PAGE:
At first, I backed my training way down and my fitness took a hit. I wanted to restore my health and see the needle move. It did move, but when I started training again, I saw the T levels go back down and the symptoms return. I learned from Cody and the doctors that it’s harder to dig yourself out of a hole than it is to maintain your hormones, but Cody proves that it’s possible because he’s won several IRONMAN events with normal hormone levels after he had crushed them years earlier. I tried to follow in his footsteps because I was still on a mission to turn pro in triathlon, but those dreams were dashed when I discovered I had low bone density. I learned from Cody that I should focus on quality over quantity and find the balance of training for me that keeps my hormones healthy. After all, performance improvement needs to be built on a foundation of health. I also learned to not be in “fighting shape” all year round, but that I should instead give my body a break with a proper offseason each year.
Under the supervision of my orthopedist and a physical therapist, I embarked on a regimented strength training program that involved some heavy lifting. Twice per week I did deadlifts, squats, weighted lunges, plyometrics, and Olympic lifts.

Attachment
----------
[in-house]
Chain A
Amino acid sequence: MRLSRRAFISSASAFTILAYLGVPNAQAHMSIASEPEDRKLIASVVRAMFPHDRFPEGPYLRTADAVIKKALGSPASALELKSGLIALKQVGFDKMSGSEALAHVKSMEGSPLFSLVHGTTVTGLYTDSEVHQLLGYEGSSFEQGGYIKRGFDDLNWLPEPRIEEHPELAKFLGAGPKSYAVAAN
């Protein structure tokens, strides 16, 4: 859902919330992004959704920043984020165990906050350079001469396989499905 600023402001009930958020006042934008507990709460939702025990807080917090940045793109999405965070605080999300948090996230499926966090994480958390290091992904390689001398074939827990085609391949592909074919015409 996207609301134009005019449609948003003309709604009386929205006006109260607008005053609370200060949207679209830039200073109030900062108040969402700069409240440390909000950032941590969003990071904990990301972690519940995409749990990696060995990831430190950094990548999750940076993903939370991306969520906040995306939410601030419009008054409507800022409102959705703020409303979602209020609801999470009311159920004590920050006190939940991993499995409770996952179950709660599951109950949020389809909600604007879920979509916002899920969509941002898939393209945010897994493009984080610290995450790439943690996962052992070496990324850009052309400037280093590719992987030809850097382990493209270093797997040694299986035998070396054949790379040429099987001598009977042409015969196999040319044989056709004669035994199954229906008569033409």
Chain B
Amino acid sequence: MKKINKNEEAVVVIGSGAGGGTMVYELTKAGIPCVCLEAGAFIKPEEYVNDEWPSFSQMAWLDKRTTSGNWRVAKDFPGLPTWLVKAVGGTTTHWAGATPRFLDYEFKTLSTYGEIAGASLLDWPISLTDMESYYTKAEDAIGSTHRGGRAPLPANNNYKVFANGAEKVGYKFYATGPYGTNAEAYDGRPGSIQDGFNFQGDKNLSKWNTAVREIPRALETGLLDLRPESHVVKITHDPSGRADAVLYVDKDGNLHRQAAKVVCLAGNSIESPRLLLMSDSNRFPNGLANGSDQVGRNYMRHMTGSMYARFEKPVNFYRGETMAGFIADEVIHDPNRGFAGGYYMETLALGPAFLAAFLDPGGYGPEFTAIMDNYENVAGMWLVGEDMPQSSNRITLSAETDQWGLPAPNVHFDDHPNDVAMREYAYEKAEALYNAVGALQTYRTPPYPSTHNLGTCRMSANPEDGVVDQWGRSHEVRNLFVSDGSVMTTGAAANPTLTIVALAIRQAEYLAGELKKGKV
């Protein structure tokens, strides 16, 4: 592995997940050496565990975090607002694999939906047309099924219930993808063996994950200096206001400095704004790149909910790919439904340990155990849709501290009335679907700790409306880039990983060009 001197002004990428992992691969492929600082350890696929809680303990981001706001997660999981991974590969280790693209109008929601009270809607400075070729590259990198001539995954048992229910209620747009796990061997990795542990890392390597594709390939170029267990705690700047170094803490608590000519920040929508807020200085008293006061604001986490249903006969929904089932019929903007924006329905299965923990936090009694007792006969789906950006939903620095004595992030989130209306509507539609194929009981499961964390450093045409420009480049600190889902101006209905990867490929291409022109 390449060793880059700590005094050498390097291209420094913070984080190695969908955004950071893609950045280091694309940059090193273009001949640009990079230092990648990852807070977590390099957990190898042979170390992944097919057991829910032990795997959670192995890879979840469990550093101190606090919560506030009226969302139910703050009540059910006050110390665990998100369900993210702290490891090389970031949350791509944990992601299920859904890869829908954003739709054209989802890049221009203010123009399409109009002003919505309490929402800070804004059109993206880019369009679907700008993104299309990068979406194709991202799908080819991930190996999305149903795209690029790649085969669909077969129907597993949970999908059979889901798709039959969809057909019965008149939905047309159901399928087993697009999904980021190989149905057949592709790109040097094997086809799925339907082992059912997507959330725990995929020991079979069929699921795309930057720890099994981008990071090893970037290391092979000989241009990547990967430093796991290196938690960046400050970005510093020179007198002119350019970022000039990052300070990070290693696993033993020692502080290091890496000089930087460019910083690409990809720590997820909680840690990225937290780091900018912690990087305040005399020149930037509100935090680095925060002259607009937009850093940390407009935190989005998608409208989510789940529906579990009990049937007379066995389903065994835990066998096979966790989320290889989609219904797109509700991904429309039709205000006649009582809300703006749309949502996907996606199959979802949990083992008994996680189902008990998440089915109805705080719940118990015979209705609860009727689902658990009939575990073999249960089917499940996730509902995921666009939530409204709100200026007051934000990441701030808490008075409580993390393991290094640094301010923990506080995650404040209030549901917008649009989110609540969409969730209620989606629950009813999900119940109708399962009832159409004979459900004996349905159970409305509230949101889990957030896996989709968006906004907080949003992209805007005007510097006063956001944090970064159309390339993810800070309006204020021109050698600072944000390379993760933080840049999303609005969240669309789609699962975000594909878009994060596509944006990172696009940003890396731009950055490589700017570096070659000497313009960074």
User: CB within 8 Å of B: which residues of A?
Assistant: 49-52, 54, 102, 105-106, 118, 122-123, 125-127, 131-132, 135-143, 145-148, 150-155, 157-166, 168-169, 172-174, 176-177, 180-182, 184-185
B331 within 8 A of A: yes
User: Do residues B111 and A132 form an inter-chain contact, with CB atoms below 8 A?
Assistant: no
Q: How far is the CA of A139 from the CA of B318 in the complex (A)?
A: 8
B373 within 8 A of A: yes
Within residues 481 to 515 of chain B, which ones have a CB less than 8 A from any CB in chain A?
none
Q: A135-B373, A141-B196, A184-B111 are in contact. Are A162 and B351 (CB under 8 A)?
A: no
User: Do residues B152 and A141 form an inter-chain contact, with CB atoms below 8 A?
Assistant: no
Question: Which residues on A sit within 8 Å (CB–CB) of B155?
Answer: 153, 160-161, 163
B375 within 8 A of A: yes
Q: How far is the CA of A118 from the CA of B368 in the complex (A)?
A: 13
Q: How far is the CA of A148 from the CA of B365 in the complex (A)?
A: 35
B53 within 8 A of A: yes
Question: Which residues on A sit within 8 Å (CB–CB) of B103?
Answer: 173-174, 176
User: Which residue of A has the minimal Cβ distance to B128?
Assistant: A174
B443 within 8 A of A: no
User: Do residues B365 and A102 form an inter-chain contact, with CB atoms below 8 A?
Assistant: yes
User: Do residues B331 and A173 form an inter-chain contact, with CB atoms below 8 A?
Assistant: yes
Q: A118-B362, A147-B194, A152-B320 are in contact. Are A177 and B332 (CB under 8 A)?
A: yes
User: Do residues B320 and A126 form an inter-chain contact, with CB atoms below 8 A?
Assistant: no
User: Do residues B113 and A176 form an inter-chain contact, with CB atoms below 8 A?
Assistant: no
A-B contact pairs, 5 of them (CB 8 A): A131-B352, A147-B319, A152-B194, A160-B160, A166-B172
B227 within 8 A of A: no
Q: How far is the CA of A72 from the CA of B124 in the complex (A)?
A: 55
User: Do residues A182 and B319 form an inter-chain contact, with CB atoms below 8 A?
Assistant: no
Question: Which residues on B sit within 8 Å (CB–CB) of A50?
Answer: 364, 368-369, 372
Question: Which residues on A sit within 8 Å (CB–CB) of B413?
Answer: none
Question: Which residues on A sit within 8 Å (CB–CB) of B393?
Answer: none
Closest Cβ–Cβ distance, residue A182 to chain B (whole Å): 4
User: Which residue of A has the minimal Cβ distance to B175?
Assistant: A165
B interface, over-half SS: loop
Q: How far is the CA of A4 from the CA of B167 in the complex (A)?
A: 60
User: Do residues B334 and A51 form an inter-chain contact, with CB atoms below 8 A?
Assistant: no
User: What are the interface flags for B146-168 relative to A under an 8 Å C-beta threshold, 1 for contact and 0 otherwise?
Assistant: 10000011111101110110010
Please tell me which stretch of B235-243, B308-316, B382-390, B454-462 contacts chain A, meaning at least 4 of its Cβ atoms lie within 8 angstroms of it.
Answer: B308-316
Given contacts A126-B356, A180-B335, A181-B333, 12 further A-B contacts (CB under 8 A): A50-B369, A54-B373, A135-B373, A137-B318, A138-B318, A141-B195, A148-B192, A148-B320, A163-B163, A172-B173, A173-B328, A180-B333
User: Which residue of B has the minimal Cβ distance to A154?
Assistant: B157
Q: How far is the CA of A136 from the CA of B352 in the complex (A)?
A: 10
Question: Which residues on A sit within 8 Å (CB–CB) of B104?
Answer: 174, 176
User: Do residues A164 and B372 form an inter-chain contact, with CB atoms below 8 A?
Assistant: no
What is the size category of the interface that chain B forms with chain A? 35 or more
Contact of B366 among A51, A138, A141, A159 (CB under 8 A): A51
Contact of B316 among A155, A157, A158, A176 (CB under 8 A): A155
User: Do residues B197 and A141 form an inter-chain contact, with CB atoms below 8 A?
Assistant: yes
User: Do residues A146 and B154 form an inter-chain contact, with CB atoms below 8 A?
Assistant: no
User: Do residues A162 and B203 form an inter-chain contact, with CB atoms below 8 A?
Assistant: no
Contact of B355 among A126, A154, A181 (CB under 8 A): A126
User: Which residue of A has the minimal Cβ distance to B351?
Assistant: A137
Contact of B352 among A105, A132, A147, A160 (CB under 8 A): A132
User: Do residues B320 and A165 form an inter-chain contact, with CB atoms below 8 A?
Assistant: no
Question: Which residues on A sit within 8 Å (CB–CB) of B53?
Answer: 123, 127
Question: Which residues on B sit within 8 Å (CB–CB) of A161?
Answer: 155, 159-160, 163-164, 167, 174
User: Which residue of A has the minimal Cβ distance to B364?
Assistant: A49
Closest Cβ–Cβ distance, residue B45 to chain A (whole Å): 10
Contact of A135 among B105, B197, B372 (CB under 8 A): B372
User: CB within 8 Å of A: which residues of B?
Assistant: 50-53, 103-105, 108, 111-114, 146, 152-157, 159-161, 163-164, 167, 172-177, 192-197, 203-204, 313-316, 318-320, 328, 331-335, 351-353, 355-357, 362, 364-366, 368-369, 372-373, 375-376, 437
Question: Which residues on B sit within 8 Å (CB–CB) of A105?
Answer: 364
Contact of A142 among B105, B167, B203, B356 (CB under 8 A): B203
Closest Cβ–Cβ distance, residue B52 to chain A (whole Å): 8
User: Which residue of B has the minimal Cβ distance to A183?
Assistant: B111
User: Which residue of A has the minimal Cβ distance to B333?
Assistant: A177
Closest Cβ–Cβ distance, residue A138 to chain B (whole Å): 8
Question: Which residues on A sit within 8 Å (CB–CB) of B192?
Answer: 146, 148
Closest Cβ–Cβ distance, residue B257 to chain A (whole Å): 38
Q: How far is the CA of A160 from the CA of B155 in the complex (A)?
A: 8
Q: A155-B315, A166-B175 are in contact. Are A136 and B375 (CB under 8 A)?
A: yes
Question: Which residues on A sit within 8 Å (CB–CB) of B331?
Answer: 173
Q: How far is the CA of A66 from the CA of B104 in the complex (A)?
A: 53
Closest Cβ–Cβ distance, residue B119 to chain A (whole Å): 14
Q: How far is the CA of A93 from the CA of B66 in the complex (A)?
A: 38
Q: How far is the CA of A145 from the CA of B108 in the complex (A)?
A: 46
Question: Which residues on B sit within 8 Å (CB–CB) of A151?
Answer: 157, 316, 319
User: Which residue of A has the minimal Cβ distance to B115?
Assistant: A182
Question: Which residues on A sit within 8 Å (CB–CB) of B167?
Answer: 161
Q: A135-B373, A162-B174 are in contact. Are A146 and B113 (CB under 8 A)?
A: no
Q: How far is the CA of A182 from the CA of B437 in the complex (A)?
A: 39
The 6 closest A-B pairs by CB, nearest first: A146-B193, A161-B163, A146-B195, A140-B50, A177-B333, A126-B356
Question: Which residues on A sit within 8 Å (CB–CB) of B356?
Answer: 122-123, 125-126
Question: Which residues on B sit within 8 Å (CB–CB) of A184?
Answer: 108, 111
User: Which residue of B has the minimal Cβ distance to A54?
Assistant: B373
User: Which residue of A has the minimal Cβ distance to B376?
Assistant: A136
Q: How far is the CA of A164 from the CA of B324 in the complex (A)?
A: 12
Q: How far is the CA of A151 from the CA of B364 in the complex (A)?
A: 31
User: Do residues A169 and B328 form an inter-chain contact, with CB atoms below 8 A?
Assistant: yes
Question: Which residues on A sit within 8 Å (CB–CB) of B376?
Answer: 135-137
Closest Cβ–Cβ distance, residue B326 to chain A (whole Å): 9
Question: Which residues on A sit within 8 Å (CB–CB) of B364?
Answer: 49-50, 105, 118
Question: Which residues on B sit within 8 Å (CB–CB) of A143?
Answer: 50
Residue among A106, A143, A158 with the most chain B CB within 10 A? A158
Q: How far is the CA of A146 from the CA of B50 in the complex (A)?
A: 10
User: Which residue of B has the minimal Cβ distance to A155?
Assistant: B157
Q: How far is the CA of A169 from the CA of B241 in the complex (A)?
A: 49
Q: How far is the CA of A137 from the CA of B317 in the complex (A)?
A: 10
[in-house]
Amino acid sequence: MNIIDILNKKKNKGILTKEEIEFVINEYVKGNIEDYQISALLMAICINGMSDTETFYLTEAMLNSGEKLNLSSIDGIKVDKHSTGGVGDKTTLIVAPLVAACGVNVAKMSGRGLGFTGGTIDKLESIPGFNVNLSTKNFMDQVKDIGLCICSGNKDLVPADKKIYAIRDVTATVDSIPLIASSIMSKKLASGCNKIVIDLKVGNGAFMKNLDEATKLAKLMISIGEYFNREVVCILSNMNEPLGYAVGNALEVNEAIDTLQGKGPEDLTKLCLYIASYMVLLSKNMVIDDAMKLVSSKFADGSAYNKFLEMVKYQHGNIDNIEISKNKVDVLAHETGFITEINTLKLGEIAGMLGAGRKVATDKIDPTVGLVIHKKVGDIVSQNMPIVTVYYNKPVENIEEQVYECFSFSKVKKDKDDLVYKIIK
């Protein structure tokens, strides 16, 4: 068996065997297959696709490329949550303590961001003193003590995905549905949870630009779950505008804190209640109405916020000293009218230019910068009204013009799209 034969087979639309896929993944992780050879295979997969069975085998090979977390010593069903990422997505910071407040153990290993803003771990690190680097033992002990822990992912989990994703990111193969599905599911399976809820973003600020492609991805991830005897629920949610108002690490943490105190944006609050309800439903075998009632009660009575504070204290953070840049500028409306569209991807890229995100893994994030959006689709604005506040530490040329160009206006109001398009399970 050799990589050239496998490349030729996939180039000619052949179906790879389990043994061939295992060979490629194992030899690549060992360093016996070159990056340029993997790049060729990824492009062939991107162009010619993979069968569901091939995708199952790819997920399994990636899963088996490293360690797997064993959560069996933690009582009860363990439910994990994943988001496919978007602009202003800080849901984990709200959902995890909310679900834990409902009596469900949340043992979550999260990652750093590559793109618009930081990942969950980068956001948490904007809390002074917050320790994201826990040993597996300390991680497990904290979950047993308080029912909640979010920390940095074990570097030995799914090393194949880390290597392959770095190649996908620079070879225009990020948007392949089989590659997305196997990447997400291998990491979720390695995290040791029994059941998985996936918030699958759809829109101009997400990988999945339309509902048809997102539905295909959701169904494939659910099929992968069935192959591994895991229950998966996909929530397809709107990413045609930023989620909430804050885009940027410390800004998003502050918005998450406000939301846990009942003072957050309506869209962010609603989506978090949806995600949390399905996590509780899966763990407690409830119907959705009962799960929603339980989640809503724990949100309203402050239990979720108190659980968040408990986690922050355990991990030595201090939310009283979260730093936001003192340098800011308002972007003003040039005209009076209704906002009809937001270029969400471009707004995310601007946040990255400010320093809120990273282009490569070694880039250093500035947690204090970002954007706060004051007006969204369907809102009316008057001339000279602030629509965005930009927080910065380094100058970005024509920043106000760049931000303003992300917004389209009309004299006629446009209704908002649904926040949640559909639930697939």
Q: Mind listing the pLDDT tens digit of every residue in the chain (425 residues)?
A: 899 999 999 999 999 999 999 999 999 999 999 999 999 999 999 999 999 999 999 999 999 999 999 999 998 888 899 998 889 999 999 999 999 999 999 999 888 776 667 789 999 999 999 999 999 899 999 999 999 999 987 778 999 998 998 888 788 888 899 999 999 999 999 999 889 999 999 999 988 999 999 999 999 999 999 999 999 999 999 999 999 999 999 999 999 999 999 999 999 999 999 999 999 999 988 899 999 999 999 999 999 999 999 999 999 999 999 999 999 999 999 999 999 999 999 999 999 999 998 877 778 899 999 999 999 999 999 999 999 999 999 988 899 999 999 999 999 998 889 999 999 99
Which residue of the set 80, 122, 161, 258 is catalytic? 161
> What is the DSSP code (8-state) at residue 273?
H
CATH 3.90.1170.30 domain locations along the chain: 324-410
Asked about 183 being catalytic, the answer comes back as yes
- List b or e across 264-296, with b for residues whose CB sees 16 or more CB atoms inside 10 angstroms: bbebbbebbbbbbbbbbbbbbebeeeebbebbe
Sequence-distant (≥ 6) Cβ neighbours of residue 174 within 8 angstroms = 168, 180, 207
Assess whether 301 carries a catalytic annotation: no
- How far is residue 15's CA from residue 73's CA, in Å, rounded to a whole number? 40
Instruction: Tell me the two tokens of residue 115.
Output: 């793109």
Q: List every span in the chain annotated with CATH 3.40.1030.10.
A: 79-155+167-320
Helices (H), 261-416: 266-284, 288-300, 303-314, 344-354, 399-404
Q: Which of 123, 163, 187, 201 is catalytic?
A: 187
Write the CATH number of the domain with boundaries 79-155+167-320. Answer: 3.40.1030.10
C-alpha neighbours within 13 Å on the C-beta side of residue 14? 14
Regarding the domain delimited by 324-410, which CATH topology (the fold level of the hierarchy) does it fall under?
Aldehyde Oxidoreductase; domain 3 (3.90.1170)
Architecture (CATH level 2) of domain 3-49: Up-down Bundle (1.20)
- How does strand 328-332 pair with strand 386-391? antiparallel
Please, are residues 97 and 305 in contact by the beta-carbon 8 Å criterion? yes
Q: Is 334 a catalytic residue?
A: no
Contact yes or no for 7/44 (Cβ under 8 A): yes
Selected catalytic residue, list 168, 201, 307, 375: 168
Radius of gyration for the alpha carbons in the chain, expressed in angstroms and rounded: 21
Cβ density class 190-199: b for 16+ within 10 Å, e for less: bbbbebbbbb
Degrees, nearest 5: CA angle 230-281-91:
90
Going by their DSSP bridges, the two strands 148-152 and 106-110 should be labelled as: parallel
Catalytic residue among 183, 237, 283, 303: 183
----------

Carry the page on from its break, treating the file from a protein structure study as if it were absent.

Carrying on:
It’s either free, or nearly free, and easy to get done. I simply visited my primary care physician, told him about my level of exercise and expressed concern that it may be affecting my hormone levels. Routine blood work does not typically call for testosterone measurement, so my doctor was sure to add it to the order. We did blood work every month at first, then once per quarter, so that we would have more feedback on whether my treatment approach was working.
I never had my testosterone levels measured before my issues, but I wish I had done so back when I was healthy. “Even if you don’t suspect issues, get a baseline so you know what is normal for you,” instructs Dr. Hackney, “and note that genetics play a role in what your normal is.”
One reason is because it’s banned by the World Anti-Doping Agency (WADA) as a performance enhancing drug (PED), and that was out of the question for me since I still wanted to compete at some level, whether professionally or at least among the age group ranks. I also didn’t want to take supplemental testosterone because it can cause fertility problems and other side effects. My wife and I were planning to start a family and no way was I going to let myself crush my hormones, and therefore our parenting dreams, due to triathlon.
Through these natural measures, I’ve restored my testosterone to between 400 and 600 ng/dL and have been symptom-free for six years now. My bone density is still low but is gradually returning. I have three young kids with my wonderful wife and while I haven’t competed much lately, I do plan to return, now equipped with the knowledge of how to avoid low T.